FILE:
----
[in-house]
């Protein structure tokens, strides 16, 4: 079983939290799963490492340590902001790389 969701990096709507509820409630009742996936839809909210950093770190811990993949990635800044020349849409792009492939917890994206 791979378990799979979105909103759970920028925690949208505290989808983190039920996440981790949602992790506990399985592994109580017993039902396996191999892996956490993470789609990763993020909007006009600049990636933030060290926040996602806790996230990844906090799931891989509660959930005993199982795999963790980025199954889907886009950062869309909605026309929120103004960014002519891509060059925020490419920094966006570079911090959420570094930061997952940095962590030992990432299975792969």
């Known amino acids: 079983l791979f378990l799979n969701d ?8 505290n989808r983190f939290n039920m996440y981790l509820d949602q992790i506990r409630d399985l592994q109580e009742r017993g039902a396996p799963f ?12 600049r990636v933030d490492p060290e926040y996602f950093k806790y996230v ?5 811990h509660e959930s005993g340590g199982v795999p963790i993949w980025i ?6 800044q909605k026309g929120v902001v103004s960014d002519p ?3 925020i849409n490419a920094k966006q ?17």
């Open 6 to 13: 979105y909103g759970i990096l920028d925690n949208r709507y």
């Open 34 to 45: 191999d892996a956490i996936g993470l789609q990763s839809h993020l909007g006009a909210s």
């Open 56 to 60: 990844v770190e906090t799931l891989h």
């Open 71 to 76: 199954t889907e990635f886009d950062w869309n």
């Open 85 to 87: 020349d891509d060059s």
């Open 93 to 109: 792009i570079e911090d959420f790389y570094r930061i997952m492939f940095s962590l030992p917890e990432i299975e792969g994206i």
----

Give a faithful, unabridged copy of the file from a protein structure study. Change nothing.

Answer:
[in-house]
């Protein structure tokens, strides 16, 4: 079983939290799963490492340590902001790389 969701990096709507509820409630009742996936839809909210950093770190811990993949990635800044020349849409792009492939917890994206 791979378990799979979105909103759970920028925690949208505290989808983190039920996440981790949602992790506990399985592994109580017993039902396996191999892996956490993470789609990763993020909007006009600049990636933030060290926040996602806790996230990844906090799931891989509660959930005993199982795999963790980025199954889907886009950062869309909605026309929120103004960014002519891509060059925020490419920094966006570079911090959420570094930061997952940095962590030992990432299975792969």
């Known amino acids: 079983l791979f378990l799979n969701d ?8 505290n989808r983190f939290n039920m996440y981790l509820d949602q992790i506990r409630d399985l592994q109580e009742r017993g039902a396996p799963f ?12 600049r990636v933030d490492p060290e926040y996602f950093k806790y996230v ?5 811990h509660e959930s005993g340590g199982v795999p963790i993949w980025i ?6 800044q909605k026309g929120v902001v103004s960014d002519p ?3 925020i849409n490419a920094k966006q ?17």
């Open 6 to 13: 979105y909103g759970i990096l920028d925690n949208r709507y």
């Open 34 to 45: 191999d892996a956490i996936g993470l789609q990763s839809h993020l909007g006009a909210s």
């Open 56 to 60: 990844v770190e906090t799931l891989h």
């Open 71 to 76: 199954t889907e990635f886009d950062w869309n």
């Open 85 to 87: 020349d891509d060059s």
């Open 93 to 109: 792009i570079e911090d959420f790389y570094r930061i997952m492939f940095s962590l030992p917890e990432i299975e792969g994206i």